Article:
A Time To Reap – Episode 43

A Time To Reap

“I want to go up there!”

Flora pointed to the fairground part of the show where the gaily decorated swing boats carried their passengers back and forth.

“Those are for big boys and girls,” Tibbie replied for her, “and cost too many pennies.”

Flora held out her palm.

“I’ve got pennies!”

Elizabeth had given them six each to spend.

“Shall we go and find a ride for girls of six and four?” Elizabeth suggested quickly. “Do you remember last year there was one with little cars?”

“I remember,” Libby said. “We liked them, Flora. You sat in the driver’s seat.”

Flora brightened up.

“Can we, Mummy?”

“I’ll take them,” Elizabeth said to Tibbie. “Why don’t you go to the SWRI tent and we’ll join you there?”

“I’ll come too, Tibbie,” Peggy said. “See if I got placed for my jam. Would you like to come, Donna?”

“What is this tent?” Donna lifted her right foot and twisted round to inspect the spiky heel of her white sandal which had sunk into the grass.

“It’s competitions,” Peggy explained. “The ladies in the Rural Institute put in their handicrafts and baking and jam. Tibbie always wins prizes for her knitting and sewing.”

Donna looked interested.

“Like a county fair at home? I’ll check it out. Bye, Hughie.”

“See you later, honey.” Hugh kissed her.

Alec looked relieved that the womenfolk were leaving them in peace.

“I’ve some old cronies who remember your father,” he said to Hugh.

“Really, Uncle Alec?” Hugh’s face lit up. “It would be great to talk with them. Enjoy your car ride, girls.”

Just then a skirl of music made him turn round. He shaded his eyes.

“Hang on. It can’t be!”

Elizabeth followed his gaze. Preceded by a piper, Lady Annabel and her house party were being shown to their seats in the covered stand.

“That’s the estate owner,” Elizabeth said to Hugh. “She always has guests for fishing and shooting at this time of year.”

“That big guy, on the left,” Hugh said, pointing. “I know him! Bill Brock – I mentioned him to you? He’s responsible for my state of matrimony!”

He turned to Alec.

“I must find out what he’s doing here. Wanna come?”

“You go on. I’ll wait here.”

Hugh hesitated, unsure.

“I’ll come with you to introduce you,” Elizabeth said.

She took Libby and Flora by the hand.

“You’ll have a ride on the cars in a minute, girls. We’re going to see those people over there. Answer nicely if they speak to you.”

* * * *

As they approached the stand the man caught sight of Hugh. He looked almost comically surprised, waved, then spoke to Lady Annabel before bounding down the steps.

“Hugh Mackay, you old son of a gun!” He slapped Hugh on the back. “How d’you come to be here?” His accent mirrored Hugh’s own.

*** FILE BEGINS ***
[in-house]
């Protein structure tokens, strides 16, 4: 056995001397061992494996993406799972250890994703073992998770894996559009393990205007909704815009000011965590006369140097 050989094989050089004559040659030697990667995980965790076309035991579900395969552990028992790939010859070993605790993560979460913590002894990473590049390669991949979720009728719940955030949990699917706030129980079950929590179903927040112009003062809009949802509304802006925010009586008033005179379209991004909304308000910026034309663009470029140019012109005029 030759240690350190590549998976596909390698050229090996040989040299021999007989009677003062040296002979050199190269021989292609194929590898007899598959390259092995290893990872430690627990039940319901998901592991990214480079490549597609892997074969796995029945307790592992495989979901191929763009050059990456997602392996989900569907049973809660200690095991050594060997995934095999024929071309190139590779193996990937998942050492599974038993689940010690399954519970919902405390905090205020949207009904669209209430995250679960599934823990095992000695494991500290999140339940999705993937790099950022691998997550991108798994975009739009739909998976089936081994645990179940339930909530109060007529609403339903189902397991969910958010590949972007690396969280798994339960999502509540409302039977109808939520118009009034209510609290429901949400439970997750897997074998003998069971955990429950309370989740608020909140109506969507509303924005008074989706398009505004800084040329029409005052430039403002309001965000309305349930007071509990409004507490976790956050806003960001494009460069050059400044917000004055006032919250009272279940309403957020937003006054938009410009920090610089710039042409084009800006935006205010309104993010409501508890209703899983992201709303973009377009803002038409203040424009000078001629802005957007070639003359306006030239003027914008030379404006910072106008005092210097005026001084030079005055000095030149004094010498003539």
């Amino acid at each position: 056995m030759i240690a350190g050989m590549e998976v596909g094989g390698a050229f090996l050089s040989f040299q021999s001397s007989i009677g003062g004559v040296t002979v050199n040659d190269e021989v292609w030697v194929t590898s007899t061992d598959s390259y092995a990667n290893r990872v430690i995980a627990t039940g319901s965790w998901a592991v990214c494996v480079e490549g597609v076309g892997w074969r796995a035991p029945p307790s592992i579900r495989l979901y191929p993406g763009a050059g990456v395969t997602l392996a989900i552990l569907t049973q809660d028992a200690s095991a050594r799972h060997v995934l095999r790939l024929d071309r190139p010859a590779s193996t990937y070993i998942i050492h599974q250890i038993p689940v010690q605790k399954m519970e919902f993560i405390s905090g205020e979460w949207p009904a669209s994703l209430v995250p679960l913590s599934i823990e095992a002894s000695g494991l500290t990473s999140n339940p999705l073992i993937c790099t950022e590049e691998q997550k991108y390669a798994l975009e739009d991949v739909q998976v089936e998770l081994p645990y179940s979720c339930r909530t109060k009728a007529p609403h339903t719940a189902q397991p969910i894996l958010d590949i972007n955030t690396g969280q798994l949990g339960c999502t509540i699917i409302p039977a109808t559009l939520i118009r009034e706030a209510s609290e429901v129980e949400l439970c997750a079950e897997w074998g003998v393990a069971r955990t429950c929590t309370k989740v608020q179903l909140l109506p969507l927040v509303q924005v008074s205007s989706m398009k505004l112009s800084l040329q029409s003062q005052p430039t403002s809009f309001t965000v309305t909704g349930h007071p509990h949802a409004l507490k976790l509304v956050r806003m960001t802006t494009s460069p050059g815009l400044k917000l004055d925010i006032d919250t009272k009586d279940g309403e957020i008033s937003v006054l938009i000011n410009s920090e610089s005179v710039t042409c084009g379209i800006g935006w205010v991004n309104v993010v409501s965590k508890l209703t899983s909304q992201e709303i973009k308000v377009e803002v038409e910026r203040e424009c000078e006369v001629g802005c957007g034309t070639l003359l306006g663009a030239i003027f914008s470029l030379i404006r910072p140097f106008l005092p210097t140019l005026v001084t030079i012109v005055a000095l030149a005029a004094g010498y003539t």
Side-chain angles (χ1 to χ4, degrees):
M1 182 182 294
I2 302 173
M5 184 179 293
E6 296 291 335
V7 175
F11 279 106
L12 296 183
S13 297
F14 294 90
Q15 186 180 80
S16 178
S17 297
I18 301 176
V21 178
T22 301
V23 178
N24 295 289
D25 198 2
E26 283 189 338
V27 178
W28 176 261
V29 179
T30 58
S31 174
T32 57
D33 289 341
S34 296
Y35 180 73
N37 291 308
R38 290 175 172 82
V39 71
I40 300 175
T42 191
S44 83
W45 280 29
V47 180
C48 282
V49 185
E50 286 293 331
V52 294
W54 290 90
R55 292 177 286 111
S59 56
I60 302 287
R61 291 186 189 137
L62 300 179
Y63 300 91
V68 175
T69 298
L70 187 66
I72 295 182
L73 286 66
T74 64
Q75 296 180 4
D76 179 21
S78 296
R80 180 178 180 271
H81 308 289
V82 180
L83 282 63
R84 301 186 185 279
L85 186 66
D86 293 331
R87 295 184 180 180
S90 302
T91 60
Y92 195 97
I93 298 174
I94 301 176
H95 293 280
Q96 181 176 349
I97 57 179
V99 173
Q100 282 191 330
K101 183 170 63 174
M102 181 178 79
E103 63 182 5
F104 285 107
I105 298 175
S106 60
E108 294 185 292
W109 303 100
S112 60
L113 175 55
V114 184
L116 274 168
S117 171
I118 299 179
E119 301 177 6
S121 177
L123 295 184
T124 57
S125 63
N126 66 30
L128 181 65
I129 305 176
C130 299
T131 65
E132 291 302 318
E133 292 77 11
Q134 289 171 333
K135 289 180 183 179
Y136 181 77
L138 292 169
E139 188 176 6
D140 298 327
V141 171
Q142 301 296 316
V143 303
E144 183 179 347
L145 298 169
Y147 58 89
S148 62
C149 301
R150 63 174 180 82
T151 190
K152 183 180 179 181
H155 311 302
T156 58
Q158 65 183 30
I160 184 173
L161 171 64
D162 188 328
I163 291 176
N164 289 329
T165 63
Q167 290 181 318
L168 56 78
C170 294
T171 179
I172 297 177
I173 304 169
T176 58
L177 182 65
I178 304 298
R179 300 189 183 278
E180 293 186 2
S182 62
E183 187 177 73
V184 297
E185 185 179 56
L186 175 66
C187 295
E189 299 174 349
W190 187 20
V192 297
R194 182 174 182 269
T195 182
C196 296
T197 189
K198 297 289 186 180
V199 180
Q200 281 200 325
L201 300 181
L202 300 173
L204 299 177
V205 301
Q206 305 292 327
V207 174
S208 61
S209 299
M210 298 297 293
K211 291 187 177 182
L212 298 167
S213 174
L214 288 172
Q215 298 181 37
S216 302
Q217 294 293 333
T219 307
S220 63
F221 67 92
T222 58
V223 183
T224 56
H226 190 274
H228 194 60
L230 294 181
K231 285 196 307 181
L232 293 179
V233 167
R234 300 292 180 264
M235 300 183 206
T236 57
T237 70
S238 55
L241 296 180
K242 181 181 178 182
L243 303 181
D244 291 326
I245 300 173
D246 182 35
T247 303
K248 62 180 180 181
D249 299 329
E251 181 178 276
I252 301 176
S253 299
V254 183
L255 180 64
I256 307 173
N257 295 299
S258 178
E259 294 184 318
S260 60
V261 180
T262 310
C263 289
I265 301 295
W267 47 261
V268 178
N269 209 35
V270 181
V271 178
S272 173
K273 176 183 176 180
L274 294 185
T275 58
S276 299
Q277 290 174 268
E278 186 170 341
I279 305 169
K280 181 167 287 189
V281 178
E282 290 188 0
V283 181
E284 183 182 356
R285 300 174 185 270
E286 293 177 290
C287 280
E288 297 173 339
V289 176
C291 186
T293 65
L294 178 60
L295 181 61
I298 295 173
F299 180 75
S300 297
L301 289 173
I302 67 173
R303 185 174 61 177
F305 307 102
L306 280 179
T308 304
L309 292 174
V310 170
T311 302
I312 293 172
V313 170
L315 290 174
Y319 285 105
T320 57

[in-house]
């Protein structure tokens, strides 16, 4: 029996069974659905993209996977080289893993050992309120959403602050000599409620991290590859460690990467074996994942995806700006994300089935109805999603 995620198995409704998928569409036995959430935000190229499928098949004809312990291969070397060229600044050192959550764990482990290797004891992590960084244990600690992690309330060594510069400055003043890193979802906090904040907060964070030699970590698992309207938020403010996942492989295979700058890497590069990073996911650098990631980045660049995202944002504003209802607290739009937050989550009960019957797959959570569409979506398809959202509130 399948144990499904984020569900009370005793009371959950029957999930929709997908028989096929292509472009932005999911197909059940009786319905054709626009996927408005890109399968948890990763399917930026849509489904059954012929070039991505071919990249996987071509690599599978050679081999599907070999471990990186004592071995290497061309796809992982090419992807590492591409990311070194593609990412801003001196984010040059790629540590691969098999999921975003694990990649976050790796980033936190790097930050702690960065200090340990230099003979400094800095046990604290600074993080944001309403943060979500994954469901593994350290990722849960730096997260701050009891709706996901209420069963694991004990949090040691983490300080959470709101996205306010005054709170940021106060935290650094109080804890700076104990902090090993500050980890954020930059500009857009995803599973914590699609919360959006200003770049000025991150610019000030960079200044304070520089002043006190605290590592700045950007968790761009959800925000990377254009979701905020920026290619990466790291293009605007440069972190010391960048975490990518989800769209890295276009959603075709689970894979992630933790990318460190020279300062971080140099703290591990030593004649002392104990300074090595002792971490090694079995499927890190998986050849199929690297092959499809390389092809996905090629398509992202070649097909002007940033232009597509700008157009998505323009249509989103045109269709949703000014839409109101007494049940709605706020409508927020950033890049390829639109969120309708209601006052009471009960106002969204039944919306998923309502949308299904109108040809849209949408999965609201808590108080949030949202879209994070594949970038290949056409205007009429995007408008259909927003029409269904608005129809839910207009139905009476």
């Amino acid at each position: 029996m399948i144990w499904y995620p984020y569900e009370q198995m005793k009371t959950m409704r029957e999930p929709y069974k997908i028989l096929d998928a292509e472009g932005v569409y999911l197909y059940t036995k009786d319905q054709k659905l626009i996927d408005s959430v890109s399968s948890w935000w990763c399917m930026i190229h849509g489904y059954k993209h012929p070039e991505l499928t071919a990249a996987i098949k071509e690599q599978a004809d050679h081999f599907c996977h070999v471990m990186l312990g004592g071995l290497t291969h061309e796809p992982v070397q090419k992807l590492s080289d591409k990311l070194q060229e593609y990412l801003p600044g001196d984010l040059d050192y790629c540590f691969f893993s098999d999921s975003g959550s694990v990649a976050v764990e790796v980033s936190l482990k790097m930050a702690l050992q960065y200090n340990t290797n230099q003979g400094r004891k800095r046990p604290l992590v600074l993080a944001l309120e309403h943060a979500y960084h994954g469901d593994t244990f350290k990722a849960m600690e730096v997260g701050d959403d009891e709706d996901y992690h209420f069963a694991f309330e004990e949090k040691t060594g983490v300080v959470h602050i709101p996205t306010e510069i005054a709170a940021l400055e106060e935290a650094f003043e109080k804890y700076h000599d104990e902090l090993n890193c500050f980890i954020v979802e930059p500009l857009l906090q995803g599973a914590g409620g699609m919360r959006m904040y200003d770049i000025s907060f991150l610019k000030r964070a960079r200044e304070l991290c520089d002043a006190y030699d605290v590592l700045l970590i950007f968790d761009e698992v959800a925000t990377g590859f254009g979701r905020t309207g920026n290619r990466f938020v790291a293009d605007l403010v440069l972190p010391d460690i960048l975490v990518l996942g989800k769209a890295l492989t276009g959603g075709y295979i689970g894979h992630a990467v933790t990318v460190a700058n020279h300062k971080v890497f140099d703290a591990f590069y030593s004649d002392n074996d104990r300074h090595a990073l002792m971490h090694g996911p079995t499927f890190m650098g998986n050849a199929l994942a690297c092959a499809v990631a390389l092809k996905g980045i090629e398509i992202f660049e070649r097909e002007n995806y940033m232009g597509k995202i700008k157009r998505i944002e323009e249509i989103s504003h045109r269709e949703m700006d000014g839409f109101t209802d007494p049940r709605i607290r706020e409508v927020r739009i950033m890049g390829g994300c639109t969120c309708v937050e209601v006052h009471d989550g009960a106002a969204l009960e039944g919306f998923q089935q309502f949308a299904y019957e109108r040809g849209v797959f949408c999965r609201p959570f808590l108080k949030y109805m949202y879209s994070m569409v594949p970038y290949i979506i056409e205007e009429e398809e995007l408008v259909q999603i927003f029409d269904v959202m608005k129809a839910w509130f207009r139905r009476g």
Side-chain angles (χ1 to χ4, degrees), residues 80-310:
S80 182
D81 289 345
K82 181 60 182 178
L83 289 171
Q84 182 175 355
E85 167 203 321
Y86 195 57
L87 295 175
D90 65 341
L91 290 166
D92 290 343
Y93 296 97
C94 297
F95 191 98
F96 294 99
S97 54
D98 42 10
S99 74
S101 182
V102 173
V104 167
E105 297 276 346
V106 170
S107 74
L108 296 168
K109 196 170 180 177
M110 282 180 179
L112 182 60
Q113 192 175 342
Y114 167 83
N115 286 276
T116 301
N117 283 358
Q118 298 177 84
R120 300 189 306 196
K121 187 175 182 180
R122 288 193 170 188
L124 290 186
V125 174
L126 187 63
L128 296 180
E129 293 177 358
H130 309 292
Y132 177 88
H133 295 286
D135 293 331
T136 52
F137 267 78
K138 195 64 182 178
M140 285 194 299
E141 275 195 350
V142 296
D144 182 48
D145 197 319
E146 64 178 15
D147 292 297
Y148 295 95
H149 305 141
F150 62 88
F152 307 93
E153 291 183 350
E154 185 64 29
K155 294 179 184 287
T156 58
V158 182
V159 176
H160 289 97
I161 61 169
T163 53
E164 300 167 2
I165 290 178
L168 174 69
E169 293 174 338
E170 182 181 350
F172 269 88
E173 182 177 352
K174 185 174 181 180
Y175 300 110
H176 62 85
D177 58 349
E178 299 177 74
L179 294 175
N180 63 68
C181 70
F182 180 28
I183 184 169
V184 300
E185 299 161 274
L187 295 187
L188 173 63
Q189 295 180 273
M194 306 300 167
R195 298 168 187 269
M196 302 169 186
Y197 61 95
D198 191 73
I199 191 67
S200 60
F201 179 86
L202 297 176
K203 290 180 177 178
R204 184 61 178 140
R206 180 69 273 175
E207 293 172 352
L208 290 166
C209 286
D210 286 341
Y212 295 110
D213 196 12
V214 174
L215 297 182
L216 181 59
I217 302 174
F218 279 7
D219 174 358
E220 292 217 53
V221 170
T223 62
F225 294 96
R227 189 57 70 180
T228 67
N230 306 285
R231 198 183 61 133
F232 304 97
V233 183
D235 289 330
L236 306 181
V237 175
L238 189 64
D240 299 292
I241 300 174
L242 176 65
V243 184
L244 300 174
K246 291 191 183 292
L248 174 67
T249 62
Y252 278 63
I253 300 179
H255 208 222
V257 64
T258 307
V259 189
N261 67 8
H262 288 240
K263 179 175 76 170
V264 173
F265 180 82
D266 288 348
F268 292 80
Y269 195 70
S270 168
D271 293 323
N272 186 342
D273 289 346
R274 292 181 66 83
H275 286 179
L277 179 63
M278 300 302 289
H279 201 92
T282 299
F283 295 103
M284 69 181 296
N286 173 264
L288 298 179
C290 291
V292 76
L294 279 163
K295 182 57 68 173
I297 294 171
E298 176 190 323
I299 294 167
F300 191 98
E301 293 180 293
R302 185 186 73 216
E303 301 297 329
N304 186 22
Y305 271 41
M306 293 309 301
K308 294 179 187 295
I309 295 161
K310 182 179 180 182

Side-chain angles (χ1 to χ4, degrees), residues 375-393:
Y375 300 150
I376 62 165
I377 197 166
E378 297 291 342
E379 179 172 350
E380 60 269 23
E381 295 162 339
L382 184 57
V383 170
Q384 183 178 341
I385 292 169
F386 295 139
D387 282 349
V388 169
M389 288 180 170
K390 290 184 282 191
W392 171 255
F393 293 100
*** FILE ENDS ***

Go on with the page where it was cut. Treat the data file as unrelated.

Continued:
“Meeting my wunnerful Scottish family, my dad’s folks.” Hugh indicated Elizabeth. “This is Elizabeth Duncan, my . . . a kind of cousin. She works for Lady Annabel. Elizabeth, Bill Brock. Bill was one of my first clients. It was through him I met Donna.”

Elizabeth remembered the name and the story. Donna had been taking photographs for this man’s construction company.

He held out his hand, his smile crinkling his face.

“Good to meet you, kind-of-cousin.”

“How do you do.” She couldn’t help noticing the colour of his eyes, somewhere between dark blue and grey.

“My name’s Flora. I’m a cousin, too,” Flora piped up.

Mr Brock crouched down.

“You’ve got a lovely name, Flora. Is this your sister?”

Libby nodded shyly.

“I’m four and Libby’s six. She’s at school. I’ll go when I’m five. I –”

“Flora, stop being a chatterbox,” Elizabeth chided. “Hugh wants to talk to Mr Brock.”

The man stood up.

“It’s Bill.” He glanced at her left hand. “Mrs Duncan.”

“I hope you enjoy your stay in the Highlands,” Elizabeth said. “How do you know Lady Annabel?”

“I didn’t until earlier this week. A friend asked me to join his fishing party.” He smiled at her. “You’re lucky to live in such a beautiful spot. I’ve fished all over, but this beats the band!”

There was a burst of music from the direction of the swing boats. Flora tugged her mother’s hand.

“I want to go on the swings!”

“When you’re older.”

Then Libby joined in.

“Is six older?”

“Not enough.” Elizabeth sighed. “No arguing, girls. Come along.”

Bill Brock grinned at her.

“Is thirty-four old enough, d’you reckon, Hugh?”

Hugh understood and nodded.

As the two men strode off towards the swing boats, the girls capering joyfully beside them, Elizabeth was aware of someone beside her. It was Andy Kerr.

Abigail Phillips

Abbie is the newest member of the fiction team at the "Friend." She loves how varied the role is - every day is different and there is always a new story to read. She is keen to work closely with established writers and discover new writers, too.